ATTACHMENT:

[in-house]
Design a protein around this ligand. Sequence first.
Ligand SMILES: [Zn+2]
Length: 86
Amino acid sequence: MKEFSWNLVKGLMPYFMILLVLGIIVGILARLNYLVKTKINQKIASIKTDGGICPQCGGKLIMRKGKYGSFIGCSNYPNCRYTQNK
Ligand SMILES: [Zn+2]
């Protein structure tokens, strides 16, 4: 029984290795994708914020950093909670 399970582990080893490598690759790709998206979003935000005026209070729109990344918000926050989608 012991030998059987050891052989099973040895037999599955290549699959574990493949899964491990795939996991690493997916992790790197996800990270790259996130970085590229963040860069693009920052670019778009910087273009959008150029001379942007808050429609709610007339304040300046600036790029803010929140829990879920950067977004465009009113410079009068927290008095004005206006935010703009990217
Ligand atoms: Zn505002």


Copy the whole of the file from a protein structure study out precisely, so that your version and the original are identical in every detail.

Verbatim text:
[in-house]
Design a protein around this ligand. Sequence first.
Ligand SMILES: [Zn+2]
Length: 86
Amino acid sequence: MKEFSWNLVKGLMPYFMILLVLGIIVGILARLNYLVKTKINQKIASIKTDGGICPQCGGKLIMRKGKYGSFIGCSNYPNCRYTQNK
Ligand SMILES: [Zn+2]
């Protein structure tokens, strides 16, 4: 029984290795994708914020950093909670 399970582990080893490598690759790709998206979003935000005026209070729109990344918000926050989608 012991030998059987050891052989099973040895037999599955290549699959574990493949899964491990795939996991690493997916992790790197996800990270790259996130970085590229963040860069693009920052670019778009910087273009959008150029001379942007808050429609709610007339304040300046600036790029803010929140829990879920950067977004465009009113410079009068927290008095004005206006935010703009990217
Ligand atoms: Zn505002």